For a very long time the vanilla flavoring in ice creams baked eateries came from the anal secretion of beavers. Beaver butts secrete a goo or slime-like product known as castoreum, which these animals use to make their territory.
The food and drug administration listed castoreum as a “regarded as safe” additive, and manufactures worldwide have been using it extensively in perfumes and foods for at least 80 years. Castoreum is a chemical product that mostly comes from the beavers’ caster sacs, present in between its pelvis and its tail base.
Castoreum is often a combination of caster gland secretions, anal gland secretions, and urine. While most anal secretions stink due to odour producing bacteria in the gut, the is chemical compound is a product of the beaver’s special diet of leaves and bark.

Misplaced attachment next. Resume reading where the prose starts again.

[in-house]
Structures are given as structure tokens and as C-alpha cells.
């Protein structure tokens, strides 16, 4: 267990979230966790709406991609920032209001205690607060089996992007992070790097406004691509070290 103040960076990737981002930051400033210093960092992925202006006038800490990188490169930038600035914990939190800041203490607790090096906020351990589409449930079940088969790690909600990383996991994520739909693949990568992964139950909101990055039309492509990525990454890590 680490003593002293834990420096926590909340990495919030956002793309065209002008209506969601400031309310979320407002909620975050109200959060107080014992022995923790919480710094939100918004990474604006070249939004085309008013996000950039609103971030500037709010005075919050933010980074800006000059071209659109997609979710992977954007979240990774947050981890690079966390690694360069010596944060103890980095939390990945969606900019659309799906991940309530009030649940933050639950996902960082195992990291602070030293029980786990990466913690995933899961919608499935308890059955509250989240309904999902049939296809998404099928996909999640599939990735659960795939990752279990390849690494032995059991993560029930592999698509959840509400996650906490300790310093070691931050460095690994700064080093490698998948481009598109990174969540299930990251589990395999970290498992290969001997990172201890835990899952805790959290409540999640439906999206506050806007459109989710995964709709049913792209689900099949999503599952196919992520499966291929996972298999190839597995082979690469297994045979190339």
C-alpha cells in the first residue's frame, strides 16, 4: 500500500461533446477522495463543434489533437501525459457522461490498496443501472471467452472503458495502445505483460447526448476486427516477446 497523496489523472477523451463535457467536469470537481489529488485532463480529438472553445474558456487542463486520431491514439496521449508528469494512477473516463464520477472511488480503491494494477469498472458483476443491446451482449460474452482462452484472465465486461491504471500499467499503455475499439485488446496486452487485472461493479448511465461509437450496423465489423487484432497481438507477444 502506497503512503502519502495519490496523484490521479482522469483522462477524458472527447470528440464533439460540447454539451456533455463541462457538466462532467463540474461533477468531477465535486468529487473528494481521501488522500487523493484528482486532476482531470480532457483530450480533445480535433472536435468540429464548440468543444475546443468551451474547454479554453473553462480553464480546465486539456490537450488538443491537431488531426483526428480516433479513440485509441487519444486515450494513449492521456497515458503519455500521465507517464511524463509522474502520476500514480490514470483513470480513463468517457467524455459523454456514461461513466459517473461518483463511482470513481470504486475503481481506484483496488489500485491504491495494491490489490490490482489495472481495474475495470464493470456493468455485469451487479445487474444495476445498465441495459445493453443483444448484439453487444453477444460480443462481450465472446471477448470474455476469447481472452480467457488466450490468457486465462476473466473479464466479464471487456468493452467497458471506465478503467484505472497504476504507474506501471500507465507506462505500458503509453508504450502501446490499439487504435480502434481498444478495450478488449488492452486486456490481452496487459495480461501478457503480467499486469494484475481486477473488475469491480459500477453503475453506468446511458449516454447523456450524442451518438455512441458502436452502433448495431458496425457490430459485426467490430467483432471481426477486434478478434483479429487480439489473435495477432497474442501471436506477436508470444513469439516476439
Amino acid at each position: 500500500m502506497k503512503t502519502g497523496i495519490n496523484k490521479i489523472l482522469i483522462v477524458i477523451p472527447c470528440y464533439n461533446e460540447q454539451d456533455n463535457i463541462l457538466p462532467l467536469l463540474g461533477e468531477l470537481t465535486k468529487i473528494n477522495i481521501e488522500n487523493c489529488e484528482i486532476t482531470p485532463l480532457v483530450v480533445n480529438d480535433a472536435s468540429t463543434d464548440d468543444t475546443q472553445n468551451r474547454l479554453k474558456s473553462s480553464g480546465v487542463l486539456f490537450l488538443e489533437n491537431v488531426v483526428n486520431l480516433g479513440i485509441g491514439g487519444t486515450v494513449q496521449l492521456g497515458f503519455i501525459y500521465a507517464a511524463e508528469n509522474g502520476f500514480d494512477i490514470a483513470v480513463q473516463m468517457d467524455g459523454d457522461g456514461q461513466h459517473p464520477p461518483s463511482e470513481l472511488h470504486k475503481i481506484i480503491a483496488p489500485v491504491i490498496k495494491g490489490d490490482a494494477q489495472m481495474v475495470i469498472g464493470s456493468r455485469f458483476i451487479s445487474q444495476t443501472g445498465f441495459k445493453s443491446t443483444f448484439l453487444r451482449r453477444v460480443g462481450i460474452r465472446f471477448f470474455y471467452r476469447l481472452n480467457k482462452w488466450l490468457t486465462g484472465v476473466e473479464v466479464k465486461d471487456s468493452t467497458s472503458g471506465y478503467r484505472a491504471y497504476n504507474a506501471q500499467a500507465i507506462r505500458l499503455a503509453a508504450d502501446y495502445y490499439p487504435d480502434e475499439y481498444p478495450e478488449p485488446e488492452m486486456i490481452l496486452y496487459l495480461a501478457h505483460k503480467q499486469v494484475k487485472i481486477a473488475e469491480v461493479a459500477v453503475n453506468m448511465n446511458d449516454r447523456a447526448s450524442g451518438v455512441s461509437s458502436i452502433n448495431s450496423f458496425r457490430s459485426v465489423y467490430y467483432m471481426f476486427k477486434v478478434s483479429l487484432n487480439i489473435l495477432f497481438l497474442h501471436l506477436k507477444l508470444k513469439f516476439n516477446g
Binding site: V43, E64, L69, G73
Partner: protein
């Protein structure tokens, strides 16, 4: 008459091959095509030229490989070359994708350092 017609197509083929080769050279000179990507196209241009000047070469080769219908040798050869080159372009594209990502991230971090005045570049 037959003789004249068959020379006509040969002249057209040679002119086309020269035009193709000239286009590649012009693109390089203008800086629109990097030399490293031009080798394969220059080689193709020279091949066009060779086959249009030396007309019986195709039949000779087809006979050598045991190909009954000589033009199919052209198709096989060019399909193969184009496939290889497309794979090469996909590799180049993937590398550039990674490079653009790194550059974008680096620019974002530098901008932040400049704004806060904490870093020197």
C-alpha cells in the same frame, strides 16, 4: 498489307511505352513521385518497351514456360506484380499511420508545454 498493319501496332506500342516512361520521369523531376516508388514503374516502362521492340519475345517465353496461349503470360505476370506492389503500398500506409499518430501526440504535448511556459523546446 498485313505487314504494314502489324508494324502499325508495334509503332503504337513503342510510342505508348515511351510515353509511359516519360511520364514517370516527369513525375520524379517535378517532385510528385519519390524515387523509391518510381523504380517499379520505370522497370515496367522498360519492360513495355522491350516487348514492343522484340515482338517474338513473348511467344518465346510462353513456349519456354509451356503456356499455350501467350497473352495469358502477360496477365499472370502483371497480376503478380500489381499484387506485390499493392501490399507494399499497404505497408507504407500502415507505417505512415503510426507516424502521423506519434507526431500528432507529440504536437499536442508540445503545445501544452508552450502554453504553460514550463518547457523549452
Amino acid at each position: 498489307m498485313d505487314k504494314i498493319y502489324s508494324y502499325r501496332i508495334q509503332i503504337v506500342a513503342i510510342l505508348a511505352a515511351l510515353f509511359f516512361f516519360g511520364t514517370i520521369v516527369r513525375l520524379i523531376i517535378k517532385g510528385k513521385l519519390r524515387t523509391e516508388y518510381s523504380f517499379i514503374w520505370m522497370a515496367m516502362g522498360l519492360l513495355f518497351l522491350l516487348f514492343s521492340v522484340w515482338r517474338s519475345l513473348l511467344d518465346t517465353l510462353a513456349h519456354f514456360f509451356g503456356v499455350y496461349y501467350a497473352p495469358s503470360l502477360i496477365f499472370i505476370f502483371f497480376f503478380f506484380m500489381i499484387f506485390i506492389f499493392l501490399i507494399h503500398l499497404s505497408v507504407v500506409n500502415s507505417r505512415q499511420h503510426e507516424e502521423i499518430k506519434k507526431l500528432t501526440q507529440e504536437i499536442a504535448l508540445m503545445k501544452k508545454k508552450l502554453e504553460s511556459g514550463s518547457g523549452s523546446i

Instead of smelling icky, castoreum has a musky, vanilla scent, which is why food Scientists like to include it in recipes. But extraction is a cumbersome (and gross) process which is why many Industries have started exploring other alternatives recently.
There’s a slim chance that vanilla favoring in your food has been sourced from a beaver’s butt. So you can wipe that disgust off and go enjoy a scoop of good-old-vanilla!